An Emirati student said peace and building genuine relationships are part of his goals while studying in Israel.
Mansoor Al Marzooqi became the first student from the UAE to join an Israeli college this year and said he had gained both knowledge and friendship.
“The most important factor in achieving peace is people-to-people connections,” the 19-year-old said.
“It’s about brotherhood between one culture and another. To achieve peace, there must be family relationships between people.”
The Emirati is back home in the UAE after completing a term at IDC Herzliya and will return to Israel in September to continue studies in political science.
“I focused a lot on doing well in the exams because I have a goal to work hard for the name of my country,” he said.
The course has been challenging, he said, as it covers history, philosophy and communication.
The UAE student has also met officials and been invited into the homes of students.
The UAE, Bahrain and Israel signed the Abraham Accords last year in Washington. This was followed by Morocco and Sudan agreeing to normalise ties with Israel.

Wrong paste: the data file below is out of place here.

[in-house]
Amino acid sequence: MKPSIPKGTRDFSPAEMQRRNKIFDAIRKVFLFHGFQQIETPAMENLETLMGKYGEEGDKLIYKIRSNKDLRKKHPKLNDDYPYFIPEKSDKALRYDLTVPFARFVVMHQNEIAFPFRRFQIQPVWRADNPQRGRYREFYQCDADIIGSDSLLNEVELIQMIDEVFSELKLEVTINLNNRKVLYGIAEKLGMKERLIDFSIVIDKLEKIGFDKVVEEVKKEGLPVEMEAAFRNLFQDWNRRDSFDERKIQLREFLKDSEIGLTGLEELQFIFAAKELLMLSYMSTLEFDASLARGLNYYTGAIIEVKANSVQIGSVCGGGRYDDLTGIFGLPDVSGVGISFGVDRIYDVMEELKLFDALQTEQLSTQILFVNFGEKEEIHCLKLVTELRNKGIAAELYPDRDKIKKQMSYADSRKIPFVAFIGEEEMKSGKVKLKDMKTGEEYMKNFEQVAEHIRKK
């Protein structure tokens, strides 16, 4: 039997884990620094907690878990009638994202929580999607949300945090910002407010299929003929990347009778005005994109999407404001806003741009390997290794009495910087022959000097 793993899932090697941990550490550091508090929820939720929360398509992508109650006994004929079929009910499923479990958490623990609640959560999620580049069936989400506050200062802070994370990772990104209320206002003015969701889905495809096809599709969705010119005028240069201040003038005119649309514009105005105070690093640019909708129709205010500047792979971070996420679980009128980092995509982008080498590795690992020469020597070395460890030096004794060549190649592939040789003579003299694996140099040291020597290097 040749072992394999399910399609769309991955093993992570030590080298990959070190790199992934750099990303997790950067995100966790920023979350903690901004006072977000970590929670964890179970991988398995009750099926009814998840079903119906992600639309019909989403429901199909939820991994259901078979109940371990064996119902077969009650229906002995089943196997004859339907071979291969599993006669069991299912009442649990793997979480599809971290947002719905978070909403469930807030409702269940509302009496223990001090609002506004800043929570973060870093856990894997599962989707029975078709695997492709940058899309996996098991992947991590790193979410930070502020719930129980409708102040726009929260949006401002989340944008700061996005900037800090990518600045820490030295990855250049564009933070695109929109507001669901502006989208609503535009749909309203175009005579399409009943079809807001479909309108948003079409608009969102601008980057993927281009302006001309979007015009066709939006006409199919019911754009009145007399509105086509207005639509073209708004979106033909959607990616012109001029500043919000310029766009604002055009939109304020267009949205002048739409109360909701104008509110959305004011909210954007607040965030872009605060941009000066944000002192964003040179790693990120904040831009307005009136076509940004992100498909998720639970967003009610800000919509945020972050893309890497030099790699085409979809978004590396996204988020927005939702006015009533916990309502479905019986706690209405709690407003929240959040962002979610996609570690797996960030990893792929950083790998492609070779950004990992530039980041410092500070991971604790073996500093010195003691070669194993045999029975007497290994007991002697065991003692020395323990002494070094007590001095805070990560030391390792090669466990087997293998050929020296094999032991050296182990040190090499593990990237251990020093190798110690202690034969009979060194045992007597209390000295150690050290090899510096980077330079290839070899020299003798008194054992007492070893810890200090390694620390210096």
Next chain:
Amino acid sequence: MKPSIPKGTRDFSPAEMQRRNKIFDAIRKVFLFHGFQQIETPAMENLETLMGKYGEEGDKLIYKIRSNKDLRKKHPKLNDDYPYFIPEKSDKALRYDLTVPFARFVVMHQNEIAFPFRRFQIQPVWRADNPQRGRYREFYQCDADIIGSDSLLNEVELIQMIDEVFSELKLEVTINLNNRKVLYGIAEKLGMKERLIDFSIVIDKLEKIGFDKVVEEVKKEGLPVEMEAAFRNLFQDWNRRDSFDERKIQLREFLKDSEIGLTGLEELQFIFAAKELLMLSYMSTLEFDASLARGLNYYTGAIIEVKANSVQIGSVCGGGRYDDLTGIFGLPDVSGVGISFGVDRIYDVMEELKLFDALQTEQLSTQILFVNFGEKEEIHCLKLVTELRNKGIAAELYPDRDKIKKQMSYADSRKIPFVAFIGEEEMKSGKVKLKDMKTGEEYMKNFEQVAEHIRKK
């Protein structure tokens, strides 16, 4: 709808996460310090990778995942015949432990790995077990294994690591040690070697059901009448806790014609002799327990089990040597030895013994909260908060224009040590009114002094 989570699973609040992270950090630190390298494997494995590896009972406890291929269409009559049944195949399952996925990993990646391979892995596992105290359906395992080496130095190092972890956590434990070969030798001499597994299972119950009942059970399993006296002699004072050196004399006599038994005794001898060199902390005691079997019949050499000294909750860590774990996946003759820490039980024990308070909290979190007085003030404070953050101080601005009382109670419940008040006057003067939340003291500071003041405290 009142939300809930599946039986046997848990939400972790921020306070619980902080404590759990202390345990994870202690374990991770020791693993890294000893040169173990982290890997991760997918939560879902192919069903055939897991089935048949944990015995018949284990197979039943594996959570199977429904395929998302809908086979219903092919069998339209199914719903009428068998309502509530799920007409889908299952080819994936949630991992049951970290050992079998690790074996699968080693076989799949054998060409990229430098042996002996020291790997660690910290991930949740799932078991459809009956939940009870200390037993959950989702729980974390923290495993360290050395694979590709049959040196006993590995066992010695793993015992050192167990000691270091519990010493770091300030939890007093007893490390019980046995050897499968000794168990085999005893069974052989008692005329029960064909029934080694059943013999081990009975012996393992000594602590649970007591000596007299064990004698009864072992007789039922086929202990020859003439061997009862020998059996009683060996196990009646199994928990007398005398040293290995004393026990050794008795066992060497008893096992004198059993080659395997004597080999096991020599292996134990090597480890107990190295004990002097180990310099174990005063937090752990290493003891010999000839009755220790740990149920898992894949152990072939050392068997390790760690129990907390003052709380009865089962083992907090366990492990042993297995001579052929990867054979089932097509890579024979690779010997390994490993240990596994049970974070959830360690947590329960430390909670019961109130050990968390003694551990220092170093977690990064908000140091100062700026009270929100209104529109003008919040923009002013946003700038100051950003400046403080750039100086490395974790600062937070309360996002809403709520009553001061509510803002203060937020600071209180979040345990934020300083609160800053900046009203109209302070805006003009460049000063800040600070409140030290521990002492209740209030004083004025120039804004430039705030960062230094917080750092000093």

The Accords have opened up co-operation in trade, investment, health and tourism.
“We are enjoying the fruit of the hard work done by the government. This harvest will benefit the country and ourselves,” Mr Al Marzooqi said.
“I have been invited for Shabbat dinners and joined in cultural activities. I’m not the last (Emirati) student, there will be more coming to Israel.”
His family has a close bond with entrepreneur Patrick Assuline after they watched over the Israeli when he was seriously ill with Covid-19 during a business trip to the Emirates earlier this year.
“After my really bad experience of Covid, my wish is to share my time with others and to be helpful to populations of both countries,” Mr Assuline said from Tel Aviv.
“Mansoor’s family is my family. I consider I was reborn in Dubai.”
Mr Assuline hopes to welcome more students from the UAE, Morocco and Bahrain to Israel in the next academic year and build a team of student ambassadors.
“It is my personal decision to be involved," he said. "We are grateful to the governments but now it is people who will build peace and create prosperity.
“Intellectual and cultural exchanges touch people. This stays deep in the mind of people.”
A year after the Abraham Accords were signed, he is optimistic about the future.
“I feel we are living in a magical and historical moment,” Mr Assuline said.
“What is important is for the young leaders of tomorrow to be friends. Mansoor has opened the door and history will remember it.
“It is needed for students to understand Israel and that they are warmly welcome here so they know Israel is a friend and brother."